If we are to live with SARS-CoV-2 and ensure that it does not pose so serious a threat to public health and economic activity we must step up COVID-19 detection and tracking capacities, as set out in the Roadmap for the lifting of confinement measures.
However, several Member States do not have the wherewithal to do this, which in Spain has led to the highest level of new cases being recorded since extraordinary measures were repealed.
According to experts, Spain would need some 8 500 trackers to be able to efficiently monitor ongoing cases but only has some 3 500 according to the official figures provided by the governments of the various autonomous communities. Differences in tracker procurement procedures and the disjunction between the various levels of administration may jeopardise efforts to combat the pandemic in this new phase.
On 23 July 2020, Spanish Member of the European Parliament (MEP), María Soraya Rodríguez Ramos (MEP), of the Renew Europe Group, tabled a written parliamentary question to the European Commission.
MEP Rodriguez Ramos requested information on “does the Commission intend to present common minimum training guidelines for the tracking of COVID-19 cases?” and “will the Commission bolster the Member States’ capacities in this area?”
On 27 November, Health and Food Safety Commissioner Stella Kyriakides responded on behalf of the European Commission.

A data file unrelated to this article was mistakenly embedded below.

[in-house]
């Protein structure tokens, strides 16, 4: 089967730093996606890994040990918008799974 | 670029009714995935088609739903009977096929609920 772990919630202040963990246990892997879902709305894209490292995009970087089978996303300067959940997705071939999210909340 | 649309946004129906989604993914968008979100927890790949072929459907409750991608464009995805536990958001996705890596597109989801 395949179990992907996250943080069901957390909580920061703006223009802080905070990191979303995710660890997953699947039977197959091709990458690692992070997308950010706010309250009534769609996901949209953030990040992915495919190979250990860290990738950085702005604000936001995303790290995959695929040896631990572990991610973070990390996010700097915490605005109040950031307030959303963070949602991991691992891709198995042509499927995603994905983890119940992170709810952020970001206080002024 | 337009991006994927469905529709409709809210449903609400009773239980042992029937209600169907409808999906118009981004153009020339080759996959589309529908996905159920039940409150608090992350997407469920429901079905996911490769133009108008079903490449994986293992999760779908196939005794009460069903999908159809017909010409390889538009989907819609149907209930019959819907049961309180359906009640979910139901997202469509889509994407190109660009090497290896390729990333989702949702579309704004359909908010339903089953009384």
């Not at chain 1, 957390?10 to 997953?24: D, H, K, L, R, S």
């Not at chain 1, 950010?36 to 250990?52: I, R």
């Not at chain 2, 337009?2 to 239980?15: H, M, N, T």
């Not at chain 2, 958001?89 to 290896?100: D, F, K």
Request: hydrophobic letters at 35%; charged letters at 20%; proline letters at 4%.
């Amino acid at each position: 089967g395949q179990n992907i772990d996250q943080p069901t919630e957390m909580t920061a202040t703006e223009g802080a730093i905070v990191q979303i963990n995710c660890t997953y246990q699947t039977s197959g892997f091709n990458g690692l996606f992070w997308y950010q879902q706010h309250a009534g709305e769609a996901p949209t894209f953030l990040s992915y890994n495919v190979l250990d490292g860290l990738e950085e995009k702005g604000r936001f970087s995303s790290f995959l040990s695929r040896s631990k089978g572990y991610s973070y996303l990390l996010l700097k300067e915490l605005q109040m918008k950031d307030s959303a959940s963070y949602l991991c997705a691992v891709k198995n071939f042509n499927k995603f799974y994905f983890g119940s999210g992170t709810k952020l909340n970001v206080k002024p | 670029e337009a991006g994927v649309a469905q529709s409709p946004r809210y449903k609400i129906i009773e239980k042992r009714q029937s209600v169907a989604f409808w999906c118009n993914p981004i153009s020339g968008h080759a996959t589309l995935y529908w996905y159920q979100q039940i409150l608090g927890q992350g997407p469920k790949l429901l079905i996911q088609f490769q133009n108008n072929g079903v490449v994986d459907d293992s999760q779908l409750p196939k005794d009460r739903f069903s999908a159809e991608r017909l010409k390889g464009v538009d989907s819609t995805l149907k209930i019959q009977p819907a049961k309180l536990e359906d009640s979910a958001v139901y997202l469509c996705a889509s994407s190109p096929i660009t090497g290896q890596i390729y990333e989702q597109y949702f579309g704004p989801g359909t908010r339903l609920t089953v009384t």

Commissioner Kyriakides stated that “the Commission supports the Member States concerning contact tracing in several ways” and “The Early Warning and Response System also allows the exchange of contact tracing information between Member States’.
The Commissioner reported that “The European Centre for Disease Prevention and Control has produced three technical reports to the Member States on contact tracing procedures, technologies and resources” and “the reports cover options for scale-up and assessment of resources needed, public health management of persons, including healthcare workers having had contact with COVID-19 cases, and guidance on mobile applications for contact tracing”.
“The Commission has underlined that Member States should have a mobile application for contact tracing in place, promote its use, and ensure that it allows an EU wide system” and that “It has also supported the Member States in agreeing to a specific set of technical specifications to ensure interoperability between mobile applications based on a decentralised architecture” answered Commissioner Kyriakides.
She further highlighted that “the Commission has financed through the Emergency Support Instrument the deployment of the European Federation Gateway Service connecting mobile applications. Member States would join this service gradually”.
In ending, Commissioner Kyriakides concluded that “in the Commission Communication on Short-term EU health preparedness for COVID-19 outbreaks, the Commission invited the Member States to run stress tests for contact tracing systems, allowing them to evaluate their capacities and proceed to further improvement based on lessons learnt”.
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